Re *.RECIPEPREFIX*: I see; yes I should have tried it myself then I would have
realized what you meant.  Right, this bug is a weird confluence of the
Original Sin of makefiles (using TAB, which is just whitespace, as a recipe
prefix) and the choice in GNU make to use simple *else* as the keyword; other
make implementations use special keywords like *.else* or similar which are
less likely to conflict with "real rules".

If the recipe prefix is anything other than whitespace this bug cannot happen.

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[bug #59956] Recipes inside conditionals can break the parser

Paul D. Smith
Follow-up Comment #5, bug #59956 (project make):

> We can "fix" it by adding a simplifying heuristic; perhaps something like:
"conditional statements are only recognized if they are not prefixed by the
recipe prefix in effect when the if-statement started".  That is not perfect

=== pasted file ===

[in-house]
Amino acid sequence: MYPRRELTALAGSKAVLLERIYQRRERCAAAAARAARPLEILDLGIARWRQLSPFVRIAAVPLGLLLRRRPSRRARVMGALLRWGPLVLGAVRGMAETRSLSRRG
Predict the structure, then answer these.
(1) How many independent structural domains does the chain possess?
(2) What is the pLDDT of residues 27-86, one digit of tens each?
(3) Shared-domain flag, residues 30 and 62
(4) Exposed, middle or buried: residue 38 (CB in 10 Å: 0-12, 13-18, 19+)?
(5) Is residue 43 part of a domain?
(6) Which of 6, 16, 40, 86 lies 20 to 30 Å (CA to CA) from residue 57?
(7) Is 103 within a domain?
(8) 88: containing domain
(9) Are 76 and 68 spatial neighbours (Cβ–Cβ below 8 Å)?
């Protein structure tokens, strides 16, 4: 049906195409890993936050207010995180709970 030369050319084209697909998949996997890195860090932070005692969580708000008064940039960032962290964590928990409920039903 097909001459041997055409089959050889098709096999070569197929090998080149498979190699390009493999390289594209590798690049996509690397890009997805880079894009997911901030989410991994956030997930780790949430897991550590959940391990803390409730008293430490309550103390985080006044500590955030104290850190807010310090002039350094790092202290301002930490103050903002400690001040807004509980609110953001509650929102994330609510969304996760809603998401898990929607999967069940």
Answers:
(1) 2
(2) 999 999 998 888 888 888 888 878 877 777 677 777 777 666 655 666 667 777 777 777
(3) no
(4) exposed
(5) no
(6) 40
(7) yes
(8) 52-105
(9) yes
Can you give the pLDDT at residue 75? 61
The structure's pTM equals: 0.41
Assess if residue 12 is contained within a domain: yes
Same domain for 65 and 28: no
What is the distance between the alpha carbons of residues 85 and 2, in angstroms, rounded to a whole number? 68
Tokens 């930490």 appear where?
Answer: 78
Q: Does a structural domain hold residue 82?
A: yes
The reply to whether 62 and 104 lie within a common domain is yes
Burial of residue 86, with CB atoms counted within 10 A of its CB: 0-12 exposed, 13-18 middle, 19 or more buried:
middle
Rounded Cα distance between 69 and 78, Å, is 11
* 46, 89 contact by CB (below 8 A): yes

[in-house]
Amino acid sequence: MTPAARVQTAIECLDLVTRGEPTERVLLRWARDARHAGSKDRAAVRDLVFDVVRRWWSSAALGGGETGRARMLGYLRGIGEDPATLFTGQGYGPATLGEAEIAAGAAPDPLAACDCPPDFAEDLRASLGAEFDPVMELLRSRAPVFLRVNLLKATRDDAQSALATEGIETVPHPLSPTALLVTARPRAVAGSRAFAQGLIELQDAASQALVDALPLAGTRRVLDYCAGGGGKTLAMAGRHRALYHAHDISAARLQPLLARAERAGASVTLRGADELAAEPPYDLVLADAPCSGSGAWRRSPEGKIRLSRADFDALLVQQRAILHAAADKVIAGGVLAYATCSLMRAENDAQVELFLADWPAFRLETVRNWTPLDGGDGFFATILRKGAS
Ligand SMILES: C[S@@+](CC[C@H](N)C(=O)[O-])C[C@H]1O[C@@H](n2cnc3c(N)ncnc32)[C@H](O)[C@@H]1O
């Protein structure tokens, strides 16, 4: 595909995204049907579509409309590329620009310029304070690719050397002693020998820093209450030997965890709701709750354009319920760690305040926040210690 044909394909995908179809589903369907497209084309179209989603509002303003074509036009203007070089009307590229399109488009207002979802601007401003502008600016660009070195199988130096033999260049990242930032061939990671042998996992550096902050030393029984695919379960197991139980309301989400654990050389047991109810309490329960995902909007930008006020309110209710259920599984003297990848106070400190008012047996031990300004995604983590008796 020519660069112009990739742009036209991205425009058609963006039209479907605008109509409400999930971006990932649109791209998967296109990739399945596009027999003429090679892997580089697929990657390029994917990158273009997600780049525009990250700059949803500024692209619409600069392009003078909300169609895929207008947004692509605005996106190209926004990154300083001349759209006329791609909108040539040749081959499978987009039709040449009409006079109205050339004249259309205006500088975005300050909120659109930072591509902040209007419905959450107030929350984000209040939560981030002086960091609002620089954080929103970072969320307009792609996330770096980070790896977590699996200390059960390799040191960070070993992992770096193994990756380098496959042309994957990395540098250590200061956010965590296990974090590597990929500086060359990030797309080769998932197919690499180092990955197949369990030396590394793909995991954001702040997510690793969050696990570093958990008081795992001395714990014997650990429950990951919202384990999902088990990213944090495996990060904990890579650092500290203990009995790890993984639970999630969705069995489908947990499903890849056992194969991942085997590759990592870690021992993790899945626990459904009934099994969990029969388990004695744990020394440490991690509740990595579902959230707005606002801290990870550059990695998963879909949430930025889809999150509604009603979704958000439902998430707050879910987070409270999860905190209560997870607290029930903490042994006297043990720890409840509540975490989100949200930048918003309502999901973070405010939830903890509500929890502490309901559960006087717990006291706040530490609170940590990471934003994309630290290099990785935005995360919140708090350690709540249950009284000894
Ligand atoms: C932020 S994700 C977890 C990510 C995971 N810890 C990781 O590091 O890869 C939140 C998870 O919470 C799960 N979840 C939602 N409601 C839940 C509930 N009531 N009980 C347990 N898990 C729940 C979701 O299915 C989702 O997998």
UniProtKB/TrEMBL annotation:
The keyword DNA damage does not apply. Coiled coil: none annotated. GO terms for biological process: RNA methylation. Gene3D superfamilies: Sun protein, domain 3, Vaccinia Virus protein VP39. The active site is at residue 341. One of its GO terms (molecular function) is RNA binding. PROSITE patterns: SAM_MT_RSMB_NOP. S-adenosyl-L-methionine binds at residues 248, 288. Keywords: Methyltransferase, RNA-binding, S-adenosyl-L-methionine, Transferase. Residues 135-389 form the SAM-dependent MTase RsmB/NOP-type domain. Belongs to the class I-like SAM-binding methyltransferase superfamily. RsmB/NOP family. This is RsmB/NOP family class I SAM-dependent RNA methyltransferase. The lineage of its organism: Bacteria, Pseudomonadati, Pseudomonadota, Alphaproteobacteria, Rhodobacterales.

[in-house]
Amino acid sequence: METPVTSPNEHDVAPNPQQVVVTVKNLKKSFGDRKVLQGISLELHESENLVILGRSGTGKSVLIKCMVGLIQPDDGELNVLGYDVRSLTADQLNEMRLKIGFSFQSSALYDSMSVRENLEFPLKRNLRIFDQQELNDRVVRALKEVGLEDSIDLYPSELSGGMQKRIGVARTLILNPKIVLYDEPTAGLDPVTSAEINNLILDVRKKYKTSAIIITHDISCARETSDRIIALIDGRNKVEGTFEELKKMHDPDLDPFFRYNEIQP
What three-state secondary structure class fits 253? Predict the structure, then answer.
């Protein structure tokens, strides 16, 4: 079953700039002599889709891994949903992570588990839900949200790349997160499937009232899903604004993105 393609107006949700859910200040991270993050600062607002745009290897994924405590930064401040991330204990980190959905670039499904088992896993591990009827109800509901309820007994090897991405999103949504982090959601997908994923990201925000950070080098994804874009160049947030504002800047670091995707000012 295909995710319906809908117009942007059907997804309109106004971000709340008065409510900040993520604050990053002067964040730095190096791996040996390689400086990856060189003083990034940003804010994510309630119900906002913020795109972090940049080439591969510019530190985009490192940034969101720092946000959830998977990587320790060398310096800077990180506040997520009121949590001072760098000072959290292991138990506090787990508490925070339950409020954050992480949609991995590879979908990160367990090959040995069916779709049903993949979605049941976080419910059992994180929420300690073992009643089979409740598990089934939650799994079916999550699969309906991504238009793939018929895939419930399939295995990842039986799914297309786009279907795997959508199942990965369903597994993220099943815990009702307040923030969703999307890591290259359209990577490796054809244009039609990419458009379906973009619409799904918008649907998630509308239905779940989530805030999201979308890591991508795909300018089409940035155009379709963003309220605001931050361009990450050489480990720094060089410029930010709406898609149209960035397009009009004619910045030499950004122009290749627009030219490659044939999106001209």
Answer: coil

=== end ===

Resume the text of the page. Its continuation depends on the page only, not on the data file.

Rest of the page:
but it's probably good enough.

I think this heuristic as stated would be disastrous at my $dayjob and
probably many others. Almost everyone who works on makefiles here is a C
programmer by trade and they're accustomed to indenting by tabs so I see a lot
of:

if ...
<tab>if ...
<tab>else
<tab>endif
else
endif

I try to discourage this and have written up a style guide which includes
"tabs should be used only as a recipe prefix" but there are still many such
instances.



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[bug #59956] Recipes inside conditionals can break the parser

Paul D. Smith
Follow-up Comment #6, bug #59956 (project make):

What about adding another keyword, e.g. .else?

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[bug #59956] Recipes inside conditionals can break the parser